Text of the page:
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The many ages of psychiatry

 

The NHS needs to reverse its misguided practice of incorporating old age mental health services into generic “all age” services.

According to recent research in the British Journal of Psychiatry (http://bjp.rcpsych.org/content/207/5/440), older adults have better outcomes if cared for in mental health services specifically set up to meet their needs. The journal asked me to write the accompanying editorial (http://bjp.rcpsych.org/content/207/5/375), and in it I outlined the reasons why I believe the NHS has been wrong to move away from services catering specifically for the needs of older people.

Over the last few years, some NHS trusts have incorporated old age mental health services into generic “all age” services. In these services an 18 year old and 80 year old person would be treated by the same team. There are three main reasons for this trend to ageless services: cost saving, misunderstanding of the Equalities Act and ageism. There are also three main reasons why older people should have their own dedicated services:

a) The types, presentation and course of illnesses are different.  For example: few younger people have dementia or delirium; depression in the elderly may present with agitation rather than sadness; and older people with psychosis may cope very well without treatment.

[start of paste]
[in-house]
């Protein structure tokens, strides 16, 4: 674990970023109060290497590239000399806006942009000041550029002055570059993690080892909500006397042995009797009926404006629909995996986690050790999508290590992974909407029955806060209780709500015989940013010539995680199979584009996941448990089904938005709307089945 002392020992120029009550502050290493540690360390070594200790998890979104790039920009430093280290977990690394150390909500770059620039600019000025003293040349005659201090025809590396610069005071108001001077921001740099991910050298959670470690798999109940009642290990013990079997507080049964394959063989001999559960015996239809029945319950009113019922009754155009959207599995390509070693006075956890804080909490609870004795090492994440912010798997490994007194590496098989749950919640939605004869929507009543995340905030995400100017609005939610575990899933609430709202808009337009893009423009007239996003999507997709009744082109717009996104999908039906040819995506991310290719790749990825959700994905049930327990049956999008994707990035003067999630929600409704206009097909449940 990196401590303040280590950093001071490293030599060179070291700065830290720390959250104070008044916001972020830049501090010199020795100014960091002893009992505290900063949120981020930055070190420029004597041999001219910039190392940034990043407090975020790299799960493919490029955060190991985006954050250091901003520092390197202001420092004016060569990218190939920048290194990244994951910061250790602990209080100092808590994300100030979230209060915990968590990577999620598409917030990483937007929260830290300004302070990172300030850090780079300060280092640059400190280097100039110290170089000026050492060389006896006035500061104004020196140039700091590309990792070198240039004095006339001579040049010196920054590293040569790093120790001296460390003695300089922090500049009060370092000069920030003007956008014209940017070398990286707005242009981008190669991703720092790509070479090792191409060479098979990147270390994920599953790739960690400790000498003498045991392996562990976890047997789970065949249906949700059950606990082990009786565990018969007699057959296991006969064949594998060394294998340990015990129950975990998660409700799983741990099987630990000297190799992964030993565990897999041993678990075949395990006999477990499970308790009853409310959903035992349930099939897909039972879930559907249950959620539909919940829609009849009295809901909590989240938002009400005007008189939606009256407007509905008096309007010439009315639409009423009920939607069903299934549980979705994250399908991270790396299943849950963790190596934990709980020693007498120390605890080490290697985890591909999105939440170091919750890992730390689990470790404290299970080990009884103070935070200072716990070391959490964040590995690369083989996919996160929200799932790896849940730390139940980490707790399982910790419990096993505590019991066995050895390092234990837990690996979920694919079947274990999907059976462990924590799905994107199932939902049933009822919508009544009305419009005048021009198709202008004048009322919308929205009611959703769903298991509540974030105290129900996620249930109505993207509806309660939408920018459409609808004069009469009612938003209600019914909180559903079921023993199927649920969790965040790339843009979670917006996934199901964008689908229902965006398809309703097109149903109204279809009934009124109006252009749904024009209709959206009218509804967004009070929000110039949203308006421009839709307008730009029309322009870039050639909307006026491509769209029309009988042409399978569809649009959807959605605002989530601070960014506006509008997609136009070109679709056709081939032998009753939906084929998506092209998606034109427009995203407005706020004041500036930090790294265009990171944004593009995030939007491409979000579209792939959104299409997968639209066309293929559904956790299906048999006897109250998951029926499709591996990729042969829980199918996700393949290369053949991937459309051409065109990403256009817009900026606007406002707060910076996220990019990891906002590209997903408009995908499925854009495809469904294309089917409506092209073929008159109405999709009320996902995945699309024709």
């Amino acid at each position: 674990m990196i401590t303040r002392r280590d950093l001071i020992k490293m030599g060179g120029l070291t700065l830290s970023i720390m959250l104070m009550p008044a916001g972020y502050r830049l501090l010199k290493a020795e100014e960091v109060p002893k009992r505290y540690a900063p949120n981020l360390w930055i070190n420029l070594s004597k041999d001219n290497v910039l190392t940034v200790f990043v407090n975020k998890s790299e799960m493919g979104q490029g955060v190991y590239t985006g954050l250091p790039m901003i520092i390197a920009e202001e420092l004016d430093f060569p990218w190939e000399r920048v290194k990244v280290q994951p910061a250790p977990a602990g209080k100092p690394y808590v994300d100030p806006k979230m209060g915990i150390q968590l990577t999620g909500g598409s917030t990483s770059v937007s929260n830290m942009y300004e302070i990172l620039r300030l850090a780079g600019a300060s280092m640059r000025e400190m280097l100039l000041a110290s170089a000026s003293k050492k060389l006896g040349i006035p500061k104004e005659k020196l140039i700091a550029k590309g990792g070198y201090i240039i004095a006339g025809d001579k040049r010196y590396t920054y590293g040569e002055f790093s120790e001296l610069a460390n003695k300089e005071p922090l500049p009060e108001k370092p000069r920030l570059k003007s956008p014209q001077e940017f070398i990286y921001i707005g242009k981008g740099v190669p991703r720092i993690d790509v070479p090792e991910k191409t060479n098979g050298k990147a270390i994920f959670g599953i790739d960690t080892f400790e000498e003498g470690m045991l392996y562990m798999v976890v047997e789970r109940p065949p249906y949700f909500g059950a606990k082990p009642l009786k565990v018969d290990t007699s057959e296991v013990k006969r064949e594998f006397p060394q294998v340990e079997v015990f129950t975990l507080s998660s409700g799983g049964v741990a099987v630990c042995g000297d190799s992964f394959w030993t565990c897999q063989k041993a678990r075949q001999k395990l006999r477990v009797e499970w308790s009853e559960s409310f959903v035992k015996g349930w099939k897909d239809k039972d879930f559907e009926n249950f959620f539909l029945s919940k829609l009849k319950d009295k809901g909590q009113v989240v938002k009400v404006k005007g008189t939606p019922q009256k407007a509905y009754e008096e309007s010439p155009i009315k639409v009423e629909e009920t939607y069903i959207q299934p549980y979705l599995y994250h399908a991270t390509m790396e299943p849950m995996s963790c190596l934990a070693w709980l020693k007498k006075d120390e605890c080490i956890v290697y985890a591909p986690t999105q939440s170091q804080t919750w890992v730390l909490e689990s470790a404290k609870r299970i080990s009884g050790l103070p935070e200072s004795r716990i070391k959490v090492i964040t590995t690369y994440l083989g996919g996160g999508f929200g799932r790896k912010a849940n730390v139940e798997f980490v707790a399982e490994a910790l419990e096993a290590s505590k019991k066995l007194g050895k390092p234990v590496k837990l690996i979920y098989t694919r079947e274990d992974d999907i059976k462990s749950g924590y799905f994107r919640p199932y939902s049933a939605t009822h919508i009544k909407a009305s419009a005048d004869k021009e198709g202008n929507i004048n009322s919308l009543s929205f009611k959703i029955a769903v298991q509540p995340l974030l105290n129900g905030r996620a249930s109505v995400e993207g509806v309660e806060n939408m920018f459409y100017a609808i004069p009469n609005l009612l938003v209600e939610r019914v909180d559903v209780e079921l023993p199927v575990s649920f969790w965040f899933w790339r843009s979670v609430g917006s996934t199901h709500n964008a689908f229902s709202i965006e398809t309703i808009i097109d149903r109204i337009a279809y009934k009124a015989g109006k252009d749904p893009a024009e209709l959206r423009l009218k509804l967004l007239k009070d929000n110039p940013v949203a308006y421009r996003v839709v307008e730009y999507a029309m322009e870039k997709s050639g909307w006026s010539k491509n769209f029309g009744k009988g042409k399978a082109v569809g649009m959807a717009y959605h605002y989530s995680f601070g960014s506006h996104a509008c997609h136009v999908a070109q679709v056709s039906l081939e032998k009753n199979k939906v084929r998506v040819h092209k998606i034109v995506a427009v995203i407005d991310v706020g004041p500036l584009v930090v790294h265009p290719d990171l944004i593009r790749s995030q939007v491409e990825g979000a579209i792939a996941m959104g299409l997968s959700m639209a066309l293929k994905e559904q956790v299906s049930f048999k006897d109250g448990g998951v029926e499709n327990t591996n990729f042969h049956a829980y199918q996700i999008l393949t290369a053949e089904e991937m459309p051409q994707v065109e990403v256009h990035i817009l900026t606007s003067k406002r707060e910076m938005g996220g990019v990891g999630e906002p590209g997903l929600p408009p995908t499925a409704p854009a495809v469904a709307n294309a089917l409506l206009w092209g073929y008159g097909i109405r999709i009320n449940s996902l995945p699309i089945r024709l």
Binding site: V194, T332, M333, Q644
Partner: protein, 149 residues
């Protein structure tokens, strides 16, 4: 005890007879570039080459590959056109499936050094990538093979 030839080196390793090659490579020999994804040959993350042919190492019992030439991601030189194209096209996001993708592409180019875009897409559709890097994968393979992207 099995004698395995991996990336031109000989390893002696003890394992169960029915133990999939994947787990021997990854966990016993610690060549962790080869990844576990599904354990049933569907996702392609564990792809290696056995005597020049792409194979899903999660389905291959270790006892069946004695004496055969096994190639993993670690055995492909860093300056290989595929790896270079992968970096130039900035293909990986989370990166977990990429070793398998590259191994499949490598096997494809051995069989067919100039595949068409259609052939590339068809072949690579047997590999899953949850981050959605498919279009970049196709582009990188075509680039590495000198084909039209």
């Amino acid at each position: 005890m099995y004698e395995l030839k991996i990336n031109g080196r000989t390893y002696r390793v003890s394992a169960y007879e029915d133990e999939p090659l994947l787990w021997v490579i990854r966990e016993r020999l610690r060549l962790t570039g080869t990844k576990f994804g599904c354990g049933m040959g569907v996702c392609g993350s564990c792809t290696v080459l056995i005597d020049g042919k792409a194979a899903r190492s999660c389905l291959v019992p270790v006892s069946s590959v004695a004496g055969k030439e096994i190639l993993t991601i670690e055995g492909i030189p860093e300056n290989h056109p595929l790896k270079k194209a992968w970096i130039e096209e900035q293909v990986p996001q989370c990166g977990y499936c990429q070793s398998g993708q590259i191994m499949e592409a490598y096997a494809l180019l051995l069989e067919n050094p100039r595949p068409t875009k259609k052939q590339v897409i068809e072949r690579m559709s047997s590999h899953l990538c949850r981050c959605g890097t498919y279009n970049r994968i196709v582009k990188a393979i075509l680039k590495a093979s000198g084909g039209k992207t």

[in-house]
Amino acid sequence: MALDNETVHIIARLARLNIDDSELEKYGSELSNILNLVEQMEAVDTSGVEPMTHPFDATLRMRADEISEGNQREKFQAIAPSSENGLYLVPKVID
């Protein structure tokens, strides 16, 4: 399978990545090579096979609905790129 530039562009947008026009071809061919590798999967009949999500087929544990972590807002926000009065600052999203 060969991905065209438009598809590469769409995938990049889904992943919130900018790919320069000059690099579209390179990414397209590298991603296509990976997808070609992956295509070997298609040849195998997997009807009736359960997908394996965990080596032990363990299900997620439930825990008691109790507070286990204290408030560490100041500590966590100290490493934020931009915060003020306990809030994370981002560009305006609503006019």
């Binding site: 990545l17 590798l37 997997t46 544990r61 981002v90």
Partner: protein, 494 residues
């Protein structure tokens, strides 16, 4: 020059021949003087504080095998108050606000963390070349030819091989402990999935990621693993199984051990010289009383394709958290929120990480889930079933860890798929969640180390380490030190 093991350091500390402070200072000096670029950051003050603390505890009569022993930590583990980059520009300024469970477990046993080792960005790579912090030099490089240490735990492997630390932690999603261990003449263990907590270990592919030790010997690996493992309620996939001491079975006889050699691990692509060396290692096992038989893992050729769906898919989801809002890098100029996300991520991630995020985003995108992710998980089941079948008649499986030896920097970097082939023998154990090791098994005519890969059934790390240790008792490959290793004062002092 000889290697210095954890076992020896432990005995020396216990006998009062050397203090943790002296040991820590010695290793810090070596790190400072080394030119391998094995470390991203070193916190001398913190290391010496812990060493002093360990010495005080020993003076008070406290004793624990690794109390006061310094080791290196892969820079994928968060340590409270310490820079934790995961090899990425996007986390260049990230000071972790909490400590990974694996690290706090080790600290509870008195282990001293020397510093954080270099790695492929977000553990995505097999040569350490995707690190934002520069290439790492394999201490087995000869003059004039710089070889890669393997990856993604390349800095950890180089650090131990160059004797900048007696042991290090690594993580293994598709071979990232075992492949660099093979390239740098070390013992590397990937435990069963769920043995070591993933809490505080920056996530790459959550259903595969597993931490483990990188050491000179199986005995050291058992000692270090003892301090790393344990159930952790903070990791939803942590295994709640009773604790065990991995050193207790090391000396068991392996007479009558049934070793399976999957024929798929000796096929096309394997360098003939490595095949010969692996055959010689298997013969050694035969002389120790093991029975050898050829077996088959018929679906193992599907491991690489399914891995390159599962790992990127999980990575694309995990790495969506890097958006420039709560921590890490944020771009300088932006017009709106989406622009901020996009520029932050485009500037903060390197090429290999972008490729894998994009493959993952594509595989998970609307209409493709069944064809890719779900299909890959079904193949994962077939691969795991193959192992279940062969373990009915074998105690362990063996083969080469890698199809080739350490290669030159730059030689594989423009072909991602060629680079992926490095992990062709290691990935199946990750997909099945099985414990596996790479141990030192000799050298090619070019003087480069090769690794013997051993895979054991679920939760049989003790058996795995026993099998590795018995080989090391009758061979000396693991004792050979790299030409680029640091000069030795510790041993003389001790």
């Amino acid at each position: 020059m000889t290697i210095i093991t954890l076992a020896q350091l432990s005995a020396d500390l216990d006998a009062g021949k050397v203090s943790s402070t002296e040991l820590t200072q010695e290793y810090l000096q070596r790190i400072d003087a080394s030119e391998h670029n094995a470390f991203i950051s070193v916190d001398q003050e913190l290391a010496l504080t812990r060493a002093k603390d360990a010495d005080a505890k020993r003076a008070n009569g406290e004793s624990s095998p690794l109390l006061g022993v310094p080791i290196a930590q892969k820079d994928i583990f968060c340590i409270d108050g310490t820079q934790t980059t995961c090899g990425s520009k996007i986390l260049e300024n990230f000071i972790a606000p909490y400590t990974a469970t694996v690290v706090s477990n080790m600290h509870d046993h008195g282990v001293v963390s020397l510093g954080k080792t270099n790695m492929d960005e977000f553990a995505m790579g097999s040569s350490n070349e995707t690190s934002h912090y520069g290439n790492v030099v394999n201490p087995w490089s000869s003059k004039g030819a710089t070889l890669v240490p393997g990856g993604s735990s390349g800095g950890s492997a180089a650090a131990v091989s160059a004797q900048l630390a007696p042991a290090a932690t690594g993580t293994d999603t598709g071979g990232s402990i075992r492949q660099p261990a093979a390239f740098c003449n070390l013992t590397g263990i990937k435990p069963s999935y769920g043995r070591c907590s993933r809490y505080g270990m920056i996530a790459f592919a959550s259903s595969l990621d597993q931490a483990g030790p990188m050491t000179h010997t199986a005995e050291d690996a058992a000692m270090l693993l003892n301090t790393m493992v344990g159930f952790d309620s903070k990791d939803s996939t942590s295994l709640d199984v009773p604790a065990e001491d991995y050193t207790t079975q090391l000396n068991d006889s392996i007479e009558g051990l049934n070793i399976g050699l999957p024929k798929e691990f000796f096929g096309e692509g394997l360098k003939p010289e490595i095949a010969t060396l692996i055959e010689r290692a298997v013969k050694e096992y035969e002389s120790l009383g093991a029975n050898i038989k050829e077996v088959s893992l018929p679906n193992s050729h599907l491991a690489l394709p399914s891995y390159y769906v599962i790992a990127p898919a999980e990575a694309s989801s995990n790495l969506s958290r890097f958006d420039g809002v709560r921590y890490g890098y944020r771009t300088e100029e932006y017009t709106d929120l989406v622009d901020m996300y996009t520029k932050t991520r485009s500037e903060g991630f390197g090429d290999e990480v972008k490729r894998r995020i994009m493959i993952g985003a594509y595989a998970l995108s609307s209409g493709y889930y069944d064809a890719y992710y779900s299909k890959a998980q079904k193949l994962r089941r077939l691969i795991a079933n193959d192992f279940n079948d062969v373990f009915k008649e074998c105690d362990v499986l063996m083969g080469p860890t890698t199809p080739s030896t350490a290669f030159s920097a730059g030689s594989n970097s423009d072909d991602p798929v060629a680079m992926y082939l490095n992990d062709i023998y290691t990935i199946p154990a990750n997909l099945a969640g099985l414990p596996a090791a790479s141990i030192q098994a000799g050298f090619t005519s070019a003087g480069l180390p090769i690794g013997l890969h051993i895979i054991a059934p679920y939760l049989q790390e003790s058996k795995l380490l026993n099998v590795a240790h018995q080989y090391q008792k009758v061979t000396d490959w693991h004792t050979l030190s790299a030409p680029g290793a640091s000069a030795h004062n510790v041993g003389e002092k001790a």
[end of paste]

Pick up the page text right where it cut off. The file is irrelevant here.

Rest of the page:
b) Older people are more likely to be frail or confused and will have difficulty getting to a clinic. So if a service is to meet their needs it should, wherever possible, be delivered to them at home. Seeing someone in their home also provides a wealth of clinical and social information that would never be discovered in a hospital clinic.

c) Older people have far greater complexity. A host of social, physical and psychological factors related to ageing mix together and complicate diagnosis and treatment. Teams with skills and experience in understanding and managing these complexities are essential to make sure each patient gets the right treatment first time, every time.

Old age psychiatry began in the UK and, after a period of uncertainty in the first few years of this decade, is on the ascendency again. The Chief Medical Officer’s report in 2014, The Commissioning Guide for the NHS and NHS England all support specific old age mental health services. Long may that continue because, if I need mental health care in my dotage, I can tell you now I’d like to be treated by a team who fully understand what I need.

 


staffDr James Warner 
Medical Director, Red & Yellow Care
Chair, Faculty of Old Age Psychiatry, RCPsych
National Professional Advisor, CQC

 

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